Any Bilingual Education Teachers?

Discussion in 'General Education' started by futureteach21, Oct 23, 2009.

  1. futureteach21

    futureteach21 Habitué

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    Oct 23, 2009

    I have an assignment in one of my classes to interview a bilingual ed/ESL/ELL/etc teachers. I have been too sick to actually go to a school to ask these questions. Can any of you help me? As many responses as I can get would be great.

    How did you get to be where you are at in your career? Classes? Endorsements? Etc?

    How long have you been teaching?

    What is a day like in your room? Do you teach a full class of kids, or do you pull out kids from their gen ed rooms?

    What is the best part of your job?

    What is the hardest part of your job?

    What do you wish could be done differently?

    What do you wish everyone knew about your career?

    What do you wish people knew about your students?

    What challenges do your students face?

    How would you describe the state of bilingual education in America today?


    I hope these questions are worded correctly, feel free to offer any other information you feel is important.

    Thank you!
     
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  3. noreenk

    noreenk Cohort

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    Oct 23, 2009

    How did you get to be where you are at in your career? Classes? Endorsements? Etc?
    I have a bachelor's degree in bilingual ed and a supplemental certificate in ESL K-12. I also have a Spanish degree.

    How long have you been teaching?
    Six years.

    What is a day like in your room? Do you teach a full class of kids, or do you pull out kids from their gen ed rooms?
    I have always had a self-contained class. I do not know of any classes in Texas urban districts where bilingual students are served via pull-out in their native language unless the lg. is Vietnamese or Urdu.

    What is the best part of your job?
    My kids make me laugh. All. The. Time. And when they finally get something and describe it perfectly, in their own words.

    What is the hardest part of your job?
    Dealing with behavior issues stemming from external forces that keep kids from learning. And aggressive parents.

    What do you wish could be done differently?
    Bilingual materials are hard to find, not widely available, and way too expensive for me to purchase myself. Not enough equity in materials and resources.

    What do you wish everyone knew about your career?
    Bilingual education should be valued at every age; it's silly that we want students to learn a second language in middle/high school, but we don't want them to grow up bilingual in elementary and maintain a language they already know.

    What do you wish people knew about your students?
    Bilingual parents are generally extremely supportive and caring. Their involvement shows in their children.

    What challenges do your students face?
    Feeling like outsiders to students who do not speak Spanish; having to translate school business for their parents; negotiating between two cultures and languages all day long.

    How would you describe the state of bilingual education in America today?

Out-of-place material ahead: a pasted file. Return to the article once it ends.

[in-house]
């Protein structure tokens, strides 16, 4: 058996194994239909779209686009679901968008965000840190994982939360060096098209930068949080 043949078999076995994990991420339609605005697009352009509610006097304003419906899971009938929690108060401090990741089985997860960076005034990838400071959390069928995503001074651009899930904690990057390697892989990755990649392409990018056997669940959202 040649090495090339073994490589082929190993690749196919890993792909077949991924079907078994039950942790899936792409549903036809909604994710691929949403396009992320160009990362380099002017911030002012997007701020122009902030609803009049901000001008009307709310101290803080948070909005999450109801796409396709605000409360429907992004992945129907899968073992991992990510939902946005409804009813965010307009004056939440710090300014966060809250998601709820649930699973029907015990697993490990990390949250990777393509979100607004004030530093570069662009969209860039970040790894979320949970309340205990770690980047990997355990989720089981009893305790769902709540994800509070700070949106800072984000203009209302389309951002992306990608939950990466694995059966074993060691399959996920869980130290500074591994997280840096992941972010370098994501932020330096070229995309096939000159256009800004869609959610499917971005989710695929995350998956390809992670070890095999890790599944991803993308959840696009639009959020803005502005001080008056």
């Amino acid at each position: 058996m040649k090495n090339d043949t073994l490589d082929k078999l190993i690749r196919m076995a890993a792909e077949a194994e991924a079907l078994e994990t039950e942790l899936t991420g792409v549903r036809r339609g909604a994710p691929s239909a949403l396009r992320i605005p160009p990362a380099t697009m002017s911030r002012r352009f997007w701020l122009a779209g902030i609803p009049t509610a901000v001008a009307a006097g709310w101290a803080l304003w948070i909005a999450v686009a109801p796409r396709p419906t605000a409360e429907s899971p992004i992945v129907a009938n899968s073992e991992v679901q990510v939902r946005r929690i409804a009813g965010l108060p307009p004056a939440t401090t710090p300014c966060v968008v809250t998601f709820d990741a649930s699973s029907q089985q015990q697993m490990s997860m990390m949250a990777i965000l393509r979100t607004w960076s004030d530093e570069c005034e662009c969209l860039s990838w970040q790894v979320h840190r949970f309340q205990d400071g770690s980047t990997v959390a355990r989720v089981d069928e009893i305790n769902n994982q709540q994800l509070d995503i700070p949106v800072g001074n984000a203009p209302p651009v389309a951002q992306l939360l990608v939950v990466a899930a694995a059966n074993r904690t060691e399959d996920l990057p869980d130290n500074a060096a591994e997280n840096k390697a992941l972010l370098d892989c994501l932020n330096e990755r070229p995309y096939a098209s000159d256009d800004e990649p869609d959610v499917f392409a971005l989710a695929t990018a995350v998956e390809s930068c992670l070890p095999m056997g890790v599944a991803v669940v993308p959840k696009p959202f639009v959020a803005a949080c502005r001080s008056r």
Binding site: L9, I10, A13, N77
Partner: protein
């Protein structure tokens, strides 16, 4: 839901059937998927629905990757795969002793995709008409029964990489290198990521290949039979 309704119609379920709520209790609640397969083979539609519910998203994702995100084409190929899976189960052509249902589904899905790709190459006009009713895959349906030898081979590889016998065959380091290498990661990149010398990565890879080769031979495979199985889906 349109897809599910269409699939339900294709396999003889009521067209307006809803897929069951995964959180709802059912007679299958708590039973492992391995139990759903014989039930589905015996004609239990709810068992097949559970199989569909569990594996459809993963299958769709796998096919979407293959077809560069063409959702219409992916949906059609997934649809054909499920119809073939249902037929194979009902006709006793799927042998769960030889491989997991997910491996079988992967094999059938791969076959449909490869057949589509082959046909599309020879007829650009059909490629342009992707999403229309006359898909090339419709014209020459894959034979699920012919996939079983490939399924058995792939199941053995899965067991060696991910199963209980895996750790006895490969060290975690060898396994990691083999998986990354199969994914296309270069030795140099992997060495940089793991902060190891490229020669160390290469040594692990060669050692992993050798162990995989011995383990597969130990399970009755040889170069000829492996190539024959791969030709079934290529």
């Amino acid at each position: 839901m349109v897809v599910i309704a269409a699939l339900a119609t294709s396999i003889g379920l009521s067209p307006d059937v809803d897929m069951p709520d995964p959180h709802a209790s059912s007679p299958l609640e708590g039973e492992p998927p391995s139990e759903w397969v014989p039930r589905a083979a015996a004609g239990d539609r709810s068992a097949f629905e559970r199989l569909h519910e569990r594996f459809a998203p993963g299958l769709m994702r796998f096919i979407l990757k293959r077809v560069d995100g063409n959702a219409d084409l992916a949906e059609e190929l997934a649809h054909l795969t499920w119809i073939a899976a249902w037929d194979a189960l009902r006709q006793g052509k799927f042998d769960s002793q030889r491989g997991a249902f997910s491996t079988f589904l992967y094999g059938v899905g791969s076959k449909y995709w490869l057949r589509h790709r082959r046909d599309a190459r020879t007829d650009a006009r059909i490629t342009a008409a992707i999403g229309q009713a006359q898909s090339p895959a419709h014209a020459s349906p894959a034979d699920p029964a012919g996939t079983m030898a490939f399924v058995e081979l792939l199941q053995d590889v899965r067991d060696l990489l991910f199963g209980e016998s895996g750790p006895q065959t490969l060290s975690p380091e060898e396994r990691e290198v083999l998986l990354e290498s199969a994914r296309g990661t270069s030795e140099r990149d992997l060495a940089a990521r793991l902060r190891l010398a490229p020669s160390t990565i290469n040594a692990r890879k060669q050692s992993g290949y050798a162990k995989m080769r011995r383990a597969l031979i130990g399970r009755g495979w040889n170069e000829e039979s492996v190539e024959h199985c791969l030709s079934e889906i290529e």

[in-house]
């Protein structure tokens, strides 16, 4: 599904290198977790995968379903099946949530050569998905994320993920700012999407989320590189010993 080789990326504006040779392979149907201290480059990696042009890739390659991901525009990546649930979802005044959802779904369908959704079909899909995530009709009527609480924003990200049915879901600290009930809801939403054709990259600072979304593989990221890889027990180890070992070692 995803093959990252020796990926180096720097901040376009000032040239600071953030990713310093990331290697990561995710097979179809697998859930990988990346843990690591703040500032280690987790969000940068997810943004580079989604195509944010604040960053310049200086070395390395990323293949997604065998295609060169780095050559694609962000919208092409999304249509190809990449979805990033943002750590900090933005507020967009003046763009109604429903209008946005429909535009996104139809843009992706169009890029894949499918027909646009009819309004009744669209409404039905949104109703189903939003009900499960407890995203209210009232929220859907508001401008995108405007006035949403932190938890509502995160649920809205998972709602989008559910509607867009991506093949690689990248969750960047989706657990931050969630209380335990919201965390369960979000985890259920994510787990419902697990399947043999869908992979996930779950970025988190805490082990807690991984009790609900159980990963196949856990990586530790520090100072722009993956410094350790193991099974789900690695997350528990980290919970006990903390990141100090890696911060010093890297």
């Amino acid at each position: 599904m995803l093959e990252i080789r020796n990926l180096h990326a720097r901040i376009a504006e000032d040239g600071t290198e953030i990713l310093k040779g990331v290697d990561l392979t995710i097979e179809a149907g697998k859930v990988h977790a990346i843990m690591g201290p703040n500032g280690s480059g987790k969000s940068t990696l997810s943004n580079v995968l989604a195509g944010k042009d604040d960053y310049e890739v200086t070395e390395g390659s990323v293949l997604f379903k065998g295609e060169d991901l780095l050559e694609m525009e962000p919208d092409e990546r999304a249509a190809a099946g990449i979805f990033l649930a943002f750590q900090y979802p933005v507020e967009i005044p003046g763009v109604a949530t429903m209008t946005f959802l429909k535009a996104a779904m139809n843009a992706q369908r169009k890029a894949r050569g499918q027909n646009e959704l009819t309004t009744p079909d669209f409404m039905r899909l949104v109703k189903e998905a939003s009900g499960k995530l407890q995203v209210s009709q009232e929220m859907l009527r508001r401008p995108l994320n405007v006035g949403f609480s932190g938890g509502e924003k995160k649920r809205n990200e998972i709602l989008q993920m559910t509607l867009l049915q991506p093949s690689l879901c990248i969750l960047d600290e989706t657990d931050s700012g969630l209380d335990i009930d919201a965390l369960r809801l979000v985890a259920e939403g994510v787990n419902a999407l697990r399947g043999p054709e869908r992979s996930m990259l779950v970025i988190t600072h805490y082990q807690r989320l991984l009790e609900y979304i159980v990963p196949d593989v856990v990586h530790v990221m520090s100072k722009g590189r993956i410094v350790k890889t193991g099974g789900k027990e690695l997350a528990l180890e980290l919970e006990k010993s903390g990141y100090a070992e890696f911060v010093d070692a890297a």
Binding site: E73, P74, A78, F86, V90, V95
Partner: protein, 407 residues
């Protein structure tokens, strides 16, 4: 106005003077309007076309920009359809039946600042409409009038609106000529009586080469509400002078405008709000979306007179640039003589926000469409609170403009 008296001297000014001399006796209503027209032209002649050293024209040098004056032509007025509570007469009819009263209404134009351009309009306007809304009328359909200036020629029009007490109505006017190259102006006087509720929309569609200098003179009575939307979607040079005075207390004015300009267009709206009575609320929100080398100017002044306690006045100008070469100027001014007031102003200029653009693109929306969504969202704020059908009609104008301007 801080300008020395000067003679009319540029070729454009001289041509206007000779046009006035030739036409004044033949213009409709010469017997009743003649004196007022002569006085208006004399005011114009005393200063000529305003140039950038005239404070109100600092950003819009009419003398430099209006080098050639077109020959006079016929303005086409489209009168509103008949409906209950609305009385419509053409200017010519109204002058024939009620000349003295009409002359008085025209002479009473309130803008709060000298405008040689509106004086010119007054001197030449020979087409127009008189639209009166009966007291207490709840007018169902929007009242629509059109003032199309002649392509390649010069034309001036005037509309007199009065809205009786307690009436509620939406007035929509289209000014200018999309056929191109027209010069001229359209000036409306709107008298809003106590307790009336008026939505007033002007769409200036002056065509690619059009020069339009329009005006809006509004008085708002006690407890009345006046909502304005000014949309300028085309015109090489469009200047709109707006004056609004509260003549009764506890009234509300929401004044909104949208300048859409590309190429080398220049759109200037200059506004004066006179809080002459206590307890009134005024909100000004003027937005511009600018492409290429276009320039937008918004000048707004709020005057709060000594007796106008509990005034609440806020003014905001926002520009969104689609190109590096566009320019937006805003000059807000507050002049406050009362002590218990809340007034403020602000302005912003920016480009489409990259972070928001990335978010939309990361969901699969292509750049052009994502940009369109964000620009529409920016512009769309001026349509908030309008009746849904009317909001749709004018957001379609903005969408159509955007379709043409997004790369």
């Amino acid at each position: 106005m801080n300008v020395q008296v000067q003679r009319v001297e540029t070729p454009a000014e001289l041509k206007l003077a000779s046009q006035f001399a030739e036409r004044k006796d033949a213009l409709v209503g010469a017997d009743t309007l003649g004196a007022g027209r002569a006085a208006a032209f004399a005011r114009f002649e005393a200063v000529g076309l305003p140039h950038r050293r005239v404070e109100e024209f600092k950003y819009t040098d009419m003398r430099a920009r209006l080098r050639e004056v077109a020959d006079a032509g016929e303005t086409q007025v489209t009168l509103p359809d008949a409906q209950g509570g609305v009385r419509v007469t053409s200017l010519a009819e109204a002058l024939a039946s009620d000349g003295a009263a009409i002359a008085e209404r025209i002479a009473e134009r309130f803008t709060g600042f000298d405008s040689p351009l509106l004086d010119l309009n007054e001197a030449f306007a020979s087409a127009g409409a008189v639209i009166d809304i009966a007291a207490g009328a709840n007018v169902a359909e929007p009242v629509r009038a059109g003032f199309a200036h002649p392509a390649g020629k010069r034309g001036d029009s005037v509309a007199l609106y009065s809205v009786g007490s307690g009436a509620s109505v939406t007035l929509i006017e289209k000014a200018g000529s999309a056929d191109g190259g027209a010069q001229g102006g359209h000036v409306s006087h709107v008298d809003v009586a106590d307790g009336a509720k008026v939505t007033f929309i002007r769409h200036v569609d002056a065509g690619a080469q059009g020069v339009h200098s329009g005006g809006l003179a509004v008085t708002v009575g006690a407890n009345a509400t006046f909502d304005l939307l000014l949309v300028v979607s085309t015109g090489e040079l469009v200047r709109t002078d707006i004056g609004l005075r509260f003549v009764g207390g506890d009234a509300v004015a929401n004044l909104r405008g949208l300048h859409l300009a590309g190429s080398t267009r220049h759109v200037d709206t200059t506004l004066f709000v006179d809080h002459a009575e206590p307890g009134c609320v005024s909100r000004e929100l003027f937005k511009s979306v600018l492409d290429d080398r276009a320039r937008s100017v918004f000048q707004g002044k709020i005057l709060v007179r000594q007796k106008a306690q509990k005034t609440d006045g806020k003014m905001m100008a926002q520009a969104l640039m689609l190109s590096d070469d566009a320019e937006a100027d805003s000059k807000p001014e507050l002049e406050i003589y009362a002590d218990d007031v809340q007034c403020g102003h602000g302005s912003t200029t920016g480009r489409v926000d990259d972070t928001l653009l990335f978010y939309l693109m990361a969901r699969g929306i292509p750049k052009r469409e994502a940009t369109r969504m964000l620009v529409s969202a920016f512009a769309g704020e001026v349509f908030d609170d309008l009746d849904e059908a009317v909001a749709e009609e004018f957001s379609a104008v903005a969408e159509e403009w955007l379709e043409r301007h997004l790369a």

In some states, like Texas, things are improving... but in states where bilingual ed has been stopped (California, Arizona), things are moving backwards. Seems like every other country in the world appreciates and values bilingualism but the U.S.
     
  4. scmom

    scmom Enthusiast

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    Oct 23, 2009

    In California we are not legally allowed to do bilingual classes as far as I know. During an accreditation, an aide said something to one of the students in Spanish and we were dinged for it and told very strongly not to allow teachers or aides to speak to students in a foreign language. Immersion seems to be the only way we are allowed to go.
     
  5. Alegre

    Alegre Rookie

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    Oct 24, 2009

    We have many bilingual settings in my district

    I teach in southern California. We have many classes that are still using bilingual settings. We also have many dual language classes, as well.
     
  6. scmom

    scmom Enthusiast

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    Oct 24, 2009

    Really? Our educational consultant from the state told us no very emphatically. We don't have any in our district, also So. Cal. Poor kids have to sink or swim.
     
  7. Missy99

    Missy99 Connoisseur

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    Oct 24, 2009

    And how!!!
     
  8. Missy99

    Missy99 Connoisseur

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    Oct 24, 2009

    Sad. My mom would have responded that English was the foreign language here in Texas -- Spanish was here first. Same for California. :)
     
  9. noreenk

    noreenk Cohort

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    Oct 24, 2009

    I believe that certain schools/districts in CA have waivers in order to have bilingual/dual language programs. Proposition 227 was passed in 1998, and that essentially ended bilingual ed in the state - with the exception of the schools that got the waivers and alternative programs. Arizona did the same afterwards. I thought a northeastern state did too, but not sure.
     
  10. lafogosa

    lafogosa Companion

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    Oct 28, 2009

    I teach at a Spanish language immersion school in Georgia.
     

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